For a consumer who wants to cook at home, but doesn’t necessarily want to spend a lot of time preparing for that process, there are no shortage of options on the market. The meal kit space has been crowded with an unending hit parade of “dinner delivered in a box” options for consumers served up by a host of startups, established brands and even celebrities looking to cash in on the trend. There are boxes for vegetarians, vegans, keto lovers, paleo eaters, gluten-free consumers, diabetics and organic shoppers among many, many others.
The challenge in the world of online grocery/meal kit services is finding a way to stand out in a field where there are scores of competitors of varying sizes. It would seem like a smaller service would be perennially at a disadvantage. But for Montreal-based Goodfood, being a relatively small fish in a big pond full of sharks has advantages — it allows the firm to build a more intimate relationship with its customers.
It is why, according to a spokesperson Goodfood was recently named Canada’s Most Trusted Meal Kit Delivery Service.
“Over the past few years, we have placed significant effort in building market leading brand name recognition across Canada through our marketing campaigns and by providing our members with a strong value proposition that features delicious, affordable and easy-to-prepare meal solutions,” the company said.
Goodfood boxes are big in Canada, though relatively unknown outside its home nation. But within that market the company has built a sizable presence, recently announcing an active subscriber base of 200,000 monthly customers. Blue Apron, by comparison, has about 750 thousand subscribers, while HelloFresh (the ranking global giant in the game) has a global customer base of about 1.45 million.
“We are thrilled to have sustained solid customer acquisition momentum during the summer and to finish the year with 200,000 active members. The new subscriber traction was driven by ongoing strong demand across the country, continuous success of our most recent meal plans, and also by new breakfast-only subscribers,” Goodfood Chief Executive Officer Jonathan Ferrari said in a statement.
Pricing for the service varies with the type of box a customer favors. The least expensive option offers food at C$7.50 per serving serving, the family offering runs C$5.85 and the “classic” (featuring more exotic ingredients) runs C$8.50. The average customer, according ot the firm, orders three meals a week for either two or four people. The per meal cost, according to Goodfood, is supposed to run close to what a customer could expect to pay to buy the same ingredients from a grocery store — though going to the store lacks the convenience of grocery on delivery and the built-in recipes.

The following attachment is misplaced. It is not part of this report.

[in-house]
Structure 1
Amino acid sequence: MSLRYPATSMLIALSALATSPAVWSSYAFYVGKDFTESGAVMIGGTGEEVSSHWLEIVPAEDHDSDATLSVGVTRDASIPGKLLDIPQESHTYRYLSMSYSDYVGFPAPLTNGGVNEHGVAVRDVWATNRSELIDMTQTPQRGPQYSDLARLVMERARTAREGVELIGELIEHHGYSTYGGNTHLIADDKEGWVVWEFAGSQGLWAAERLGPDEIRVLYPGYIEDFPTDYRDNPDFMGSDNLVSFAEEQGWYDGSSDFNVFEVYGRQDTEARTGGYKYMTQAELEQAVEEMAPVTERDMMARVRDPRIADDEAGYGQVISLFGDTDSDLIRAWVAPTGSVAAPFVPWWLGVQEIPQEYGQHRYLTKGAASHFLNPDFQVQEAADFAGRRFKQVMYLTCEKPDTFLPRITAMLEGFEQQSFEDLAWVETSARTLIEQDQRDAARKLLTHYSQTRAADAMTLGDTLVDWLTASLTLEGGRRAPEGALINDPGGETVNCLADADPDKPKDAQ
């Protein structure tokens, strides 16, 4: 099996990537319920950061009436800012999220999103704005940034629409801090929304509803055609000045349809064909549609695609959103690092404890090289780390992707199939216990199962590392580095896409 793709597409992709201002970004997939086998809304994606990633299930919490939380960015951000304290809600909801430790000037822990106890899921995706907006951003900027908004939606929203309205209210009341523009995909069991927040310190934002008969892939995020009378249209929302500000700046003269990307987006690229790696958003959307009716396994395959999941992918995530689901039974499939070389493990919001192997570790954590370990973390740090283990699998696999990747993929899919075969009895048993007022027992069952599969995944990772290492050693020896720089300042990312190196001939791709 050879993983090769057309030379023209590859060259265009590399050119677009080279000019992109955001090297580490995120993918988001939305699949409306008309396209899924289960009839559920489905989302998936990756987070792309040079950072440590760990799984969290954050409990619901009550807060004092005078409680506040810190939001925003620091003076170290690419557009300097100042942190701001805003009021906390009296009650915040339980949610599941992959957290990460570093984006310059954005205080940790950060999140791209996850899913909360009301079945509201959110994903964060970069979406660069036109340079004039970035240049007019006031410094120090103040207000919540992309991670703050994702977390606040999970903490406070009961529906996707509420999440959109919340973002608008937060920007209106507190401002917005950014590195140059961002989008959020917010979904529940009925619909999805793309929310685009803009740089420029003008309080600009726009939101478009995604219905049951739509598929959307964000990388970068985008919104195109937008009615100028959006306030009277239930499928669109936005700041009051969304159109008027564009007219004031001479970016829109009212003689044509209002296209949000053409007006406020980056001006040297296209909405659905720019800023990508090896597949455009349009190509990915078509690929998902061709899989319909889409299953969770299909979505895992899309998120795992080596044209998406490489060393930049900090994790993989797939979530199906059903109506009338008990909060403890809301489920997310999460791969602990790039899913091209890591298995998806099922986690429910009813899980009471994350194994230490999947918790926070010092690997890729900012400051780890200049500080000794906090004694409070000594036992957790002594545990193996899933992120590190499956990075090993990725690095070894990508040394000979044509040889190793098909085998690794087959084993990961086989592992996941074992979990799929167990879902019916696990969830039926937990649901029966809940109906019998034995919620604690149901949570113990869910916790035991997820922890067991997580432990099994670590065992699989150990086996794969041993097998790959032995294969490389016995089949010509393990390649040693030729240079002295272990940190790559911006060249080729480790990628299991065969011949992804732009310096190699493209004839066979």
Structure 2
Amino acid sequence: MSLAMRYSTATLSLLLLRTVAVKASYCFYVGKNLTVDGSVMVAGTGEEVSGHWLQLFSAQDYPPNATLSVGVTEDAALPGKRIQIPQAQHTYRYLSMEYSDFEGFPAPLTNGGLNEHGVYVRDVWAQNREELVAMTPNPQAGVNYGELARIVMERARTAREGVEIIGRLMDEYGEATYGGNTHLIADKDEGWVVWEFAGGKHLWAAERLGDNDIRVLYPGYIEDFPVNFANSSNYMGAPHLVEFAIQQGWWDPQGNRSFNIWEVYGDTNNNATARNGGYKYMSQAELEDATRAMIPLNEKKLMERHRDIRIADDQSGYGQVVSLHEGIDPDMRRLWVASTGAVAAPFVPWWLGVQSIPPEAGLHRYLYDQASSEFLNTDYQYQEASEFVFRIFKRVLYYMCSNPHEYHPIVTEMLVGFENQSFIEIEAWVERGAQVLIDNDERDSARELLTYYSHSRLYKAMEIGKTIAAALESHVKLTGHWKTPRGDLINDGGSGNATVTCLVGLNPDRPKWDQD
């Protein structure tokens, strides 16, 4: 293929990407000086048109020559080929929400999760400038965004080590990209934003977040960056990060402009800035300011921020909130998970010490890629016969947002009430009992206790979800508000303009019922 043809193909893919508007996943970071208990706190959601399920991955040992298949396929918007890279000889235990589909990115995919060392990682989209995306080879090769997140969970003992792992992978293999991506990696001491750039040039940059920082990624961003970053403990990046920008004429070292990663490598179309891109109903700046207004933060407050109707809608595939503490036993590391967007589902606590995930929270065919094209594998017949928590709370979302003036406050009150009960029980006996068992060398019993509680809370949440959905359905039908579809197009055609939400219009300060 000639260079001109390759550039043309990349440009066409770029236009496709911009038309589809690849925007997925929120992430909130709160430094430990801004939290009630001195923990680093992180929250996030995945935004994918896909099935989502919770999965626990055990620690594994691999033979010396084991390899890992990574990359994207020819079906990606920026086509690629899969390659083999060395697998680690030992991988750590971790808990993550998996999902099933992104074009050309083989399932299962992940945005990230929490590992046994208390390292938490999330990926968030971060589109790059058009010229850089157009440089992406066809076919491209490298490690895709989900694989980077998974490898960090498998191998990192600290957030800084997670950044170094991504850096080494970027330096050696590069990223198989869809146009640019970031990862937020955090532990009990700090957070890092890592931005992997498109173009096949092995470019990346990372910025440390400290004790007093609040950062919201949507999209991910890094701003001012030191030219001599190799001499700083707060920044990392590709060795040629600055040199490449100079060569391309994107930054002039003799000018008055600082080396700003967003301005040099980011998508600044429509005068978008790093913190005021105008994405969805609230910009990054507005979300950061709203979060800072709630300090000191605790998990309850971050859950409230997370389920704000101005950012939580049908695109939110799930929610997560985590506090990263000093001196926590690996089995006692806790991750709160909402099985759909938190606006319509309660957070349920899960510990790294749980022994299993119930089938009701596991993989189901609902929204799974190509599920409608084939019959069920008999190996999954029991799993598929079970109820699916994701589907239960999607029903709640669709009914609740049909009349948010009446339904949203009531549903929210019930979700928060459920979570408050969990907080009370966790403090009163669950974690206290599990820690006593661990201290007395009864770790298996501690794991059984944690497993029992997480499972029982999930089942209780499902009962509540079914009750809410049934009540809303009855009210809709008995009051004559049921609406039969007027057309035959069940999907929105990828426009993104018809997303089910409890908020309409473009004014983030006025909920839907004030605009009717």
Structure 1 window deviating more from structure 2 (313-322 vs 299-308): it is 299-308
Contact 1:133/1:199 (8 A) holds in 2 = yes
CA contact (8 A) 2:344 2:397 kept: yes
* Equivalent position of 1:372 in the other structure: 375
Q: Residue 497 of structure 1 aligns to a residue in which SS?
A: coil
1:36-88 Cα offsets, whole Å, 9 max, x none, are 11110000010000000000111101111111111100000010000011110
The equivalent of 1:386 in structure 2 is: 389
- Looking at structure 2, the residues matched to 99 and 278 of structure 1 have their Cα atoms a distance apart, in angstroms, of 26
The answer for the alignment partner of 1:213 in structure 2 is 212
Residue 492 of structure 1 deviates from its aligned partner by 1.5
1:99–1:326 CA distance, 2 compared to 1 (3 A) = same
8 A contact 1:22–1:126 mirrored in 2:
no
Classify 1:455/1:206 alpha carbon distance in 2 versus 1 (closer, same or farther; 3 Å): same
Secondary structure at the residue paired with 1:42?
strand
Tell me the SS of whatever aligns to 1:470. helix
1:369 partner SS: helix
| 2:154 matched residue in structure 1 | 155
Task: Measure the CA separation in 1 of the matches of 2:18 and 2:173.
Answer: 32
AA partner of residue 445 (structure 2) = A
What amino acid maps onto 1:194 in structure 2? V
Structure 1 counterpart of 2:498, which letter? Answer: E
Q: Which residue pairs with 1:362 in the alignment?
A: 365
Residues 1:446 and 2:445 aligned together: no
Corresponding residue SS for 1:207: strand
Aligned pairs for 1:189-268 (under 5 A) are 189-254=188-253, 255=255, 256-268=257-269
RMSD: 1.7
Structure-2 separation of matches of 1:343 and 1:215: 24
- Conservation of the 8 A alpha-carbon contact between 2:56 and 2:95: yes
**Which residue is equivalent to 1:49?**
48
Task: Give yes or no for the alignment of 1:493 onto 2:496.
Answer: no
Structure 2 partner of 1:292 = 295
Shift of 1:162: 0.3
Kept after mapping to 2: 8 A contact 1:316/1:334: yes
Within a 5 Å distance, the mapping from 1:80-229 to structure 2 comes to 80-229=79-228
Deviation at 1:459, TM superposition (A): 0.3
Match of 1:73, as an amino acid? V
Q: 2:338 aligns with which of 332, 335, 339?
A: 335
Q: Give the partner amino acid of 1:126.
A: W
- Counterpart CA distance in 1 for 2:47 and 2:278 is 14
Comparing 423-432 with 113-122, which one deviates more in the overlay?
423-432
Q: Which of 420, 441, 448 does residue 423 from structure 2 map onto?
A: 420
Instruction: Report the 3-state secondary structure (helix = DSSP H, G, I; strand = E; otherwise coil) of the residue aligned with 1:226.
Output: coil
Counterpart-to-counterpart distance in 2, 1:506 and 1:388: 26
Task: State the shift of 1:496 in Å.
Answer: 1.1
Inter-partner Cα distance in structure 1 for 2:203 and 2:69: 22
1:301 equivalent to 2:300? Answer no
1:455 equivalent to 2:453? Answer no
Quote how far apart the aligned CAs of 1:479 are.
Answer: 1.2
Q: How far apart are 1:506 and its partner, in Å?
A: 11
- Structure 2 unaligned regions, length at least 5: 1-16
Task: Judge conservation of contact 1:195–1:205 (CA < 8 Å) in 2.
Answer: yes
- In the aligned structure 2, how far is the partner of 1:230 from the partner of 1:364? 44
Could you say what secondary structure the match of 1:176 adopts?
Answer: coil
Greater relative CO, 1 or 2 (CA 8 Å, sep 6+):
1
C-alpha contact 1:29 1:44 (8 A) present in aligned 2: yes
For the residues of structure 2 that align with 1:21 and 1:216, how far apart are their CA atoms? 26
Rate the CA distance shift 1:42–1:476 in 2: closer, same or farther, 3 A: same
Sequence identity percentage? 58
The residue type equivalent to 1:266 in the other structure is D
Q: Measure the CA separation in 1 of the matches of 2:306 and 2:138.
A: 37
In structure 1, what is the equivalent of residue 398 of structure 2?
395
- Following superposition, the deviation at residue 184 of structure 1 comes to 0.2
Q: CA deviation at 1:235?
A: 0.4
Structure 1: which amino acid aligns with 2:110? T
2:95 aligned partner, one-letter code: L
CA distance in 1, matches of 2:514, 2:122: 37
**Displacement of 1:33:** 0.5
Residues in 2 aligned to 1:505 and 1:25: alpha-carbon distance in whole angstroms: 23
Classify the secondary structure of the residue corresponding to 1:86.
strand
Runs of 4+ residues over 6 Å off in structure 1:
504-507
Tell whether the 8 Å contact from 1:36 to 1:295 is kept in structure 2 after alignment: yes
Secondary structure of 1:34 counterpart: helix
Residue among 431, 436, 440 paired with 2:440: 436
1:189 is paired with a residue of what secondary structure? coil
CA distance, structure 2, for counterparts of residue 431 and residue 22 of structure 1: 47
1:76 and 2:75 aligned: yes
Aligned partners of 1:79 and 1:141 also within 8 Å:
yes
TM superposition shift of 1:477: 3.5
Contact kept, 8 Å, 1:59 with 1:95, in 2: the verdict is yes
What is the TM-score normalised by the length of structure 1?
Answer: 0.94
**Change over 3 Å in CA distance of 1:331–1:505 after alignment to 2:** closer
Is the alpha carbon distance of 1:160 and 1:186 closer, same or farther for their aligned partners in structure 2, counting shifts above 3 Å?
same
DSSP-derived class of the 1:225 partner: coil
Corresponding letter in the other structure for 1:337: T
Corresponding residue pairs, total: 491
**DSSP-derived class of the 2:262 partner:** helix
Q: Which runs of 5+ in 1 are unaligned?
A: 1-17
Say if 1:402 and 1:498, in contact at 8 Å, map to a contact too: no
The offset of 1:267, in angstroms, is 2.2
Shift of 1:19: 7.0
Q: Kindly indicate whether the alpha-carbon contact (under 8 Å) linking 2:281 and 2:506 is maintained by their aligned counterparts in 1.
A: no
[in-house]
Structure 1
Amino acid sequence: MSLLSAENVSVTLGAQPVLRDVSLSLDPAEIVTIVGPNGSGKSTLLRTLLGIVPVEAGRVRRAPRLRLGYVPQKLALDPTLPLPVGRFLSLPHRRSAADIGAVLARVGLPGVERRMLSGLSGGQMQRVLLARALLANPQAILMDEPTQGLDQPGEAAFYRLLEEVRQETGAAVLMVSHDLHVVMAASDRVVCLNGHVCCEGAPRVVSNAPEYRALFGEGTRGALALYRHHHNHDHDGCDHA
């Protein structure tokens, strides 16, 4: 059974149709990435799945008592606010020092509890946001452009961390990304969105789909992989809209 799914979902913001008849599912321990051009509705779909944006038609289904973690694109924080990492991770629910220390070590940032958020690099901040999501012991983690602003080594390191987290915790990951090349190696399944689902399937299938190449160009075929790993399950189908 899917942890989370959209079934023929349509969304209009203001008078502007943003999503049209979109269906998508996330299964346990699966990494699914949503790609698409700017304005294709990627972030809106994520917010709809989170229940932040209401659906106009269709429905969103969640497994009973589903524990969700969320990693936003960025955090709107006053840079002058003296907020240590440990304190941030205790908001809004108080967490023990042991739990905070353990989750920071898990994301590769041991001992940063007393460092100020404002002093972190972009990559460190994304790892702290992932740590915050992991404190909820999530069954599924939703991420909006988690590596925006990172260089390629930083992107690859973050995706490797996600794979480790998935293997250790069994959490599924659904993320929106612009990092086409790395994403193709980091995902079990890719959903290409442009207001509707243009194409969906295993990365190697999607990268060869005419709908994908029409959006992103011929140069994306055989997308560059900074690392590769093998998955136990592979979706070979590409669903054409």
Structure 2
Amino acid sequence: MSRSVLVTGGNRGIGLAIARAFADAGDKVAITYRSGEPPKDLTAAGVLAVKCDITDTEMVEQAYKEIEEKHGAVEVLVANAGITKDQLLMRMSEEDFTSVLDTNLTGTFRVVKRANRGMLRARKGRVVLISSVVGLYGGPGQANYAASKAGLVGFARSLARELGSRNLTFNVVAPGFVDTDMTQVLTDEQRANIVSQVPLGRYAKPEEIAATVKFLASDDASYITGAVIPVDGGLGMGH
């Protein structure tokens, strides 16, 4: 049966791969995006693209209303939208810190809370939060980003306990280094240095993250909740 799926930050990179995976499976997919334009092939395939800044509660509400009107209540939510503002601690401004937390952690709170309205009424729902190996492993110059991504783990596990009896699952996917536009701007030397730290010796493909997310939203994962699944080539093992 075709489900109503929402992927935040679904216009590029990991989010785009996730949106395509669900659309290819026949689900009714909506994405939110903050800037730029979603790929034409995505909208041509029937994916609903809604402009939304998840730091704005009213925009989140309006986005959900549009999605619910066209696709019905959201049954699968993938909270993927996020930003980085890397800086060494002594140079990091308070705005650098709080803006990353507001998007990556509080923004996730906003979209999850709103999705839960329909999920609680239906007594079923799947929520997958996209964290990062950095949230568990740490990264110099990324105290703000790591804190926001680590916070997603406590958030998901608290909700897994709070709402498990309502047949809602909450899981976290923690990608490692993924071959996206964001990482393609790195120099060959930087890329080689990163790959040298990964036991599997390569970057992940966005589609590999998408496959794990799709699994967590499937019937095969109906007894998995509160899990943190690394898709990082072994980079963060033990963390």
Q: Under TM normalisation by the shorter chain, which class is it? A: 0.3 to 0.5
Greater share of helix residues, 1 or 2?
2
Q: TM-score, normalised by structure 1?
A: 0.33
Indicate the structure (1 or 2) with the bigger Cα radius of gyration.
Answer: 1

And those recipes, according to most consumer reviews, remain the most popular part of the box, because of how complete they are.
More than a list of ingredients with prep instructions and measurements, a Goodfood recipe is something like a dossier that doesn’t just want to show a customer how to cook something, but also explain what it is in the box. Each recipe leads with an explanation of why it was included in a customer’s box, and offers an overview of the dish including further explanations of unusual or exotic ingredients.
Customers are sent their recipe lists ahead of time — if they don’t like what they read, they are free to skip a meal or swap it out for something they find more palatable.
And though Goodfood is content to dedicate itself to its ongoing mission of changing the way Canadians eat — as opposed to trying to take on the world — the firm is still interested in growth. Goodfood has already noted plans to expand its marketing allocation and find news ways to offer discounts and incentives to customers.
“As we enter our new fiscal year, we realize more than ever that consumer habits are evolving quickly, as such, we strongly believe that Goodfood is uniquely positioned to change the way Canadians do their groceries forever,” CEO Ferrari said.